Between 1967 and 2020, six states introduced laws or ordinances aiming to stop conversions. It is a dangerous thing to convert to Christianity in India, but there has to be some equivalence drawn, too. Let us make it absolutely clear that it is even more dangerous to convert to Christianity in Pakistan. We have to condemn absolutely this feeling in many countries of the world that it is wrong to convert or change religion, in any direction. Those ordinances and laws are often made, perversely, in the guise of protecting freedom of religion.
In 2015, Rajnath Singh, India’s then Minister of Home Affairs, called for a national debate on anti-conversion laws and said that one was needed at national level. However, although the Indian Government undoubtedly set an antichristian and anti-Muslim tone, I am afraid—well, I am not afraid; it is just a fact—that the fact is that violent intimidation at street level does the most harm, and much more harm than the Government or what they say.
As reported by Aid to the Church in Need—by the way, I am closely connected with Aid to the Church in Need; it does wonderful work throughout the world and should be congratulated on its very detailed reports—there was
“no sign of anti-Christian violence abating during India’s COVID-19 lockdown. In the first six months of 2020 one Indian NGO recorded 293 cases of persecution.”
Bishop Gerald Almeida of Jabalpur says:
“It is a cause of concern with the Church because Christians are being killed and beaten…There are much more attacks than ten years ago. Fundamentalism is a real problem.”
The Indian Government’s own figures, released in 2018, show an upward trend in inter-religious violence, and one has to ask why there is an upward trend. Is the tone being set by Government themselves? In 2016, 86 people were killed in sectarian violence and 2,321 were injured in 703 incidents. The following year, that rose to 111 people killed and 2,384 injured; there were 822 incidents in 2017. Between 2017 and the end of March 2019, there were more than 1,000 individual attacks on Christians.
The attacks are also widespread. In recent years, they have taken place in 24 out of India’s 29 states. In Odisha state in May 2019, local officials sent a team of 50 workers to demolish a Christian school and children’s hostel near Lichapeta. The school’s application for recognition of land tenure was suspiciously lost. Hindutva nationalism is pervading the actions of many officials in the Indian Government, from the Ministers at the top to local government bureaucrats.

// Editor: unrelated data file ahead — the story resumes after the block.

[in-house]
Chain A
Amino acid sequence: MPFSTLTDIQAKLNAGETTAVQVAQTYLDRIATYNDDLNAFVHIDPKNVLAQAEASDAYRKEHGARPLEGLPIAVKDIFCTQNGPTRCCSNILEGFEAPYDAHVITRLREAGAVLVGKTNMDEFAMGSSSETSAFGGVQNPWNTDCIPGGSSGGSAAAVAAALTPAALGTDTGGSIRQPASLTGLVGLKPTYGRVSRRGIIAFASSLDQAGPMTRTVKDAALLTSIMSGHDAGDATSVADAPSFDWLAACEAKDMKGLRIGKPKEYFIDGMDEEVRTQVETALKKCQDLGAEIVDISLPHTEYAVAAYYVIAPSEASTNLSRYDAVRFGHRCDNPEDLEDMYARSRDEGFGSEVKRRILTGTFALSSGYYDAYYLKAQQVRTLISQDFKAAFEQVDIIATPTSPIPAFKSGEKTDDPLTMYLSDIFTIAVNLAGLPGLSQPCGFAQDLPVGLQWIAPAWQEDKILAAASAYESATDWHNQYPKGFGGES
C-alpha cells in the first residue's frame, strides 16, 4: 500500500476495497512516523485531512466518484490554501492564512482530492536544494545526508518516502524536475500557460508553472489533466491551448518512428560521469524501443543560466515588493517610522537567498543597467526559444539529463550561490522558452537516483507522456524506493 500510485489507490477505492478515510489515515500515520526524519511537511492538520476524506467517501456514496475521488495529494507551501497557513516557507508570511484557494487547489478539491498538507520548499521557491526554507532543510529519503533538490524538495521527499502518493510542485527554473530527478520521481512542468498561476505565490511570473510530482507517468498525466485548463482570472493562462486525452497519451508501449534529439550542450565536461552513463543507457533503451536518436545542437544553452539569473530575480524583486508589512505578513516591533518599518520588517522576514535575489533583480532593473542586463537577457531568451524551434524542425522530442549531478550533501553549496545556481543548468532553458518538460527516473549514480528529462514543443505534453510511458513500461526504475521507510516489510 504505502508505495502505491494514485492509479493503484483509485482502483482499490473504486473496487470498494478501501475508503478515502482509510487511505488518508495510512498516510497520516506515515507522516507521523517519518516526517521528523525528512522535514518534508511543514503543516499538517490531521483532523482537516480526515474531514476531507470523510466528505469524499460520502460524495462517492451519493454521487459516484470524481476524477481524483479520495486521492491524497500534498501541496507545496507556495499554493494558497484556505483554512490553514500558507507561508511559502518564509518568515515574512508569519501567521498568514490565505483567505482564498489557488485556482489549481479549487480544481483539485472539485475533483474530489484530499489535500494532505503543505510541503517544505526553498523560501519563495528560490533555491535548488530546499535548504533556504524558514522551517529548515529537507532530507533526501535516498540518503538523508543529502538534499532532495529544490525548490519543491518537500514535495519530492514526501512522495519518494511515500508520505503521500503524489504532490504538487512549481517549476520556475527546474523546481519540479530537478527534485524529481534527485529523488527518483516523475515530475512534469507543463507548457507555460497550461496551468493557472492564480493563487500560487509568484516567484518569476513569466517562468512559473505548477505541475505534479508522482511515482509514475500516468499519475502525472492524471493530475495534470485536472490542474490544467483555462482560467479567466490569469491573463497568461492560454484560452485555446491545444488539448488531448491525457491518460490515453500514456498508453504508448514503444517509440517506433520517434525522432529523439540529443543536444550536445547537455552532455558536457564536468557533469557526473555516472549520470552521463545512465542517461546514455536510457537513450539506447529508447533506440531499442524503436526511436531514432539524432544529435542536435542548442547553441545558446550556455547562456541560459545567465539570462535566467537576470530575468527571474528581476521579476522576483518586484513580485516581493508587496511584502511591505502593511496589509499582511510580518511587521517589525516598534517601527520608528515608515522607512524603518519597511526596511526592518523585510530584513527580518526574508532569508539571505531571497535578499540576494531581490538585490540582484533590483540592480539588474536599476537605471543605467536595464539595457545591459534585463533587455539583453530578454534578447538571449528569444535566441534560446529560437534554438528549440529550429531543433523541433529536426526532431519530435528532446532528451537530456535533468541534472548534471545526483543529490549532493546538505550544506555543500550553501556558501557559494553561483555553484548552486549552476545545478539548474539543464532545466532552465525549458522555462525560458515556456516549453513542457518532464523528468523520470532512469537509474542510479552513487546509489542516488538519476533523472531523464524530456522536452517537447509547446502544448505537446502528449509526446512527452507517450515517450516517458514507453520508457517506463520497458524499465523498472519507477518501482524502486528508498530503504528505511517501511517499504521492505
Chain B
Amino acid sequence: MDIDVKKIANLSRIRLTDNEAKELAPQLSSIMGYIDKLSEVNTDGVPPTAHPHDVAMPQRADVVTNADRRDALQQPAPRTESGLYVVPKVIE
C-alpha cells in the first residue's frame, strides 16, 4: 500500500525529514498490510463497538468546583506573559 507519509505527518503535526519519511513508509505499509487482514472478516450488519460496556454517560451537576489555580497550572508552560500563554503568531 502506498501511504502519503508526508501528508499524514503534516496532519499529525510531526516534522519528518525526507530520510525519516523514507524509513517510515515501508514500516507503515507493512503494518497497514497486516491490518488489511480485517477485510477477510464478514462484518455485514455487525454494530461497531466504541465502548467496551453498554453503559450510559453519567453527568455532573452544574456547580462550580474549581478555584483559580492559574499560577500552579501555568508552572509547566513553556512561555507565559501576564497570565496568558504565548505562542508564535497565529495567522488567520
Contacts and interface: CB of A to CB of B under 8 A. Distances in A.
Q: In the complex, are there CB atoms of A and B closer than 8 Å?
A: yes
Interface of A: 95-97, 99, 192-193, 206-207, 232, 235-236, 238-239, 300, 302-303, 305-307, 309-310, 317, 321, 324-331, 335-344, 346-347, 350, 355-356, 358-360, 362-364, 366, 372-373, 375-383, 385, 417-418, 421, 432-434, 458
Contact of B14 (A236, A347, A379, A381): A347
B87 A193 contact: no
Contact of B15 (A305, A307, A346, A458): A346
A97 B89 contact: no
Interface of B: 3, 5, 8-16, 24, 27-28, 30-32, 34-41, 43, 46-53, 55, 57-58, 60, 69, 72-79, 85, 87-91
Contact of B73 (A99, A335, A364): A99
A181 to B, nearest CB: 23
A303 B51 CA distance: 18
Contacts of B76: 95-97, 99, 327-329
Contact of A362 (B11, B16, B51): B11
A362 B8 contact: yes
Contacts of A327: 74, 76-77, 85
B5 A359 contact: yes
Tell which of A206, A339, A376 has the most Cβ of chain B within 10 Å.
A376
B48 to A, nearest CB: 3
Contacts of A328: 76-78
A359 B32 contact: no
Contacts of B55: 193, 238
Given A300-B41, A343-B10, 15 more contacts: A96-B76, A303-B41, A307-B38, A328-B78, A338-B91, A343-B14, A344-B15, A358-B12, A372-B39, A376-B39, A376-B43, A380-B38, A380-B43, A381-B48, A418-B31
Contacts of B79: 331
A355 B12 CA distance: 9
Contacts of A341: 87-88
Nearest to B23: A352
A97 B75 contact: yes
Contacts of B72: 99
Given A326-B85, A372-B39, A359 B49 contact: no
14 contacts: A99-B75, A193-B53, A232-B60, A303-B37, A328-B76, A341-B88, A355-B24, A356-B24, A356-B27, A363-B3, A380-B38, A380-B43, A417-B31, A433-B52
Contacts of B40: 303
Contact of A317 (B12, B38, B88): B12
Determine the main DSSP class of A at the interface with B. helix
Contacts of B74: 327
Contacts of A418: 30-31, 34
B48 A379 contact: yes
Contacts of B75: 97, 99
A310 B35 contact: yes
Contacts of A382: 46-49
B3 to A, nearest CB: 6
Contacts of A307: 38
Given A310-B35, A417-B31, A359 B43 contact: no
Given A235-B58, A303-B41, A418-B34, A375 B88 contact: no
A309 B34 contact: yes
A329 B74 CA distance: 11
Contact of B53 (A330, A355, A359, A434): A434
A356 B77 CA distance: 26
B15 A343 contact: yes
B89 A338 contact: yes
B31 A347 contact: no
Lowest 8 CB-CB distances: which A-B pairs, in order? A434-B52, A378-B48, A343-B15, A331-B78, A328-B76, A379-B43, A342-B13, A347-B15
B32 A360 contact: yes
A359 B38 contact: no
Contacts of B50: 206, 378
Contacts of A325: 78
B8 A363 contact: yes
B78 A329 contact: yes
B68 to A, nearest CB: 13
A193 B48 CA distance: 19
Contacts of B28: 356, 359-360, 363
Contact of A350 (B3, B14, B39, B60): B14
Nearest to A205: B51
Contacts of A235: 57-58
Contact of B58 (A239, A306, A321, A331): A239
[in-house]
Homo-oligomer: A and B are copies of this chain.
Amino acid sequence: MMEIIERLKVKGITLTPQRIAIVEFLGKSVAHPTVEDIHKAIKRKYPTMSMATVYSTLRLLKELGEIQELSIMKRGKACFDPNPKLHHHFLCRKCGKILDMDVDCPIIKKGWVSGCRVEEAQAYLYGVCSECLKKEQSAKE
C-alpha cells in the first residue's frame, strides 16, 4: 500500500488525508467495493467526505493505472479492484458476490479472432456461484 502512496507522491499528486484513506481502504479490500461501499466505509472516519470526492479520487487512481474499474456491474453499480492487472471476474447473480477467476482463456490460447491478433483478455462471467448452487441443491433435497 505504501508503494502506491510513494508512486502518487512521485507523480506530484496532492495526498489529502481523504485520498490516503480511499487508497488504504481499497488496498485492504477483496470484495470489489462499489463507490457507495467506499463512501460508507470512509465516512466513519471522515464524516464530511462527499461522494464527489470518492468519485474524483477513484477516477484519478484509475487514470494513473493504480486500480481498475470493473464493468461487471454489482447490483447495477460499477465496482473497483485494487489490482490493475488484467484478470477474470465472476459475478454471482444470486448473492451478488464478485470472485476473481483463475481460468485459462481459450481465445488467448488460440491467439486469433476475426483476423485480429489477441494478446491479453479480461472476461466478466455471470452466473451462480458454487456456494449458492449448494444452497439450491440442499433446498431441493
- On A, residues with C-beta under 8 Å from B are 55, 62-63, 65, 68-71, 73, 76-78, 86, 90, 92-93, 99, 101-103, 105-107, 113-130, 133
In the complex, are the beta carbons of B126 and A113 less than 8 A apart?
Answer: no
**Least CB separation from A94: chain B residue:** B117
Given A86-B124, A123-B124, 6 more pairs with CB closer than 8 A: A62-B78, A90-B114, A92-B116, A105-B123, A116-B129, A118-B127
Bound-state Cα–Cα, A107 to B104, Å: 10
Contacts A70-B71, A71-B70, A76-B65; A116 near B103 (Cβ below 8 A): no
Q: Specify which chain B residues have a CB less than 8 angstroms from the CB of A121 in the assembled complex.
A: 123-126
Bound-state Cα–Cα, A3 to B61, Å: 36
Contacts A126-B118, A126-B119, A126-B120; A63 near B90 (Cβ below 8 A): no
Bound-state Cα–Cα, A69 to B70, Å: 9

Before I sit down, it would be quite wrong not to mention—as I think I have already said once, but I now emphasise—that the overwhelming victims of violence and discrimination in India are Muslims, and this follows decades of discrimination. Riots in north-east Delhi last year resulted in Muslim homes and businesses being destroyed; of the 53 dead from six days of violence, two thirds were Muslims—who had been shot, slashed or set on fire.
India is the world’s largest functioning democracy, and we should be proud of that. We are inextricably linked to India through our shared history, not all of which has been happy or peaceful. With more than 1 billion people, it is the largest Commonwealth country by a huge margin. On a number of fronts, India is a friend of Britain and a country we want to trade with more, deal with more, and visit.
However, true friendship requires not turning a blind eye to each other’s faults, and we must protest the violence and persecution in India today. I hope that this debate is a small step in the right direction.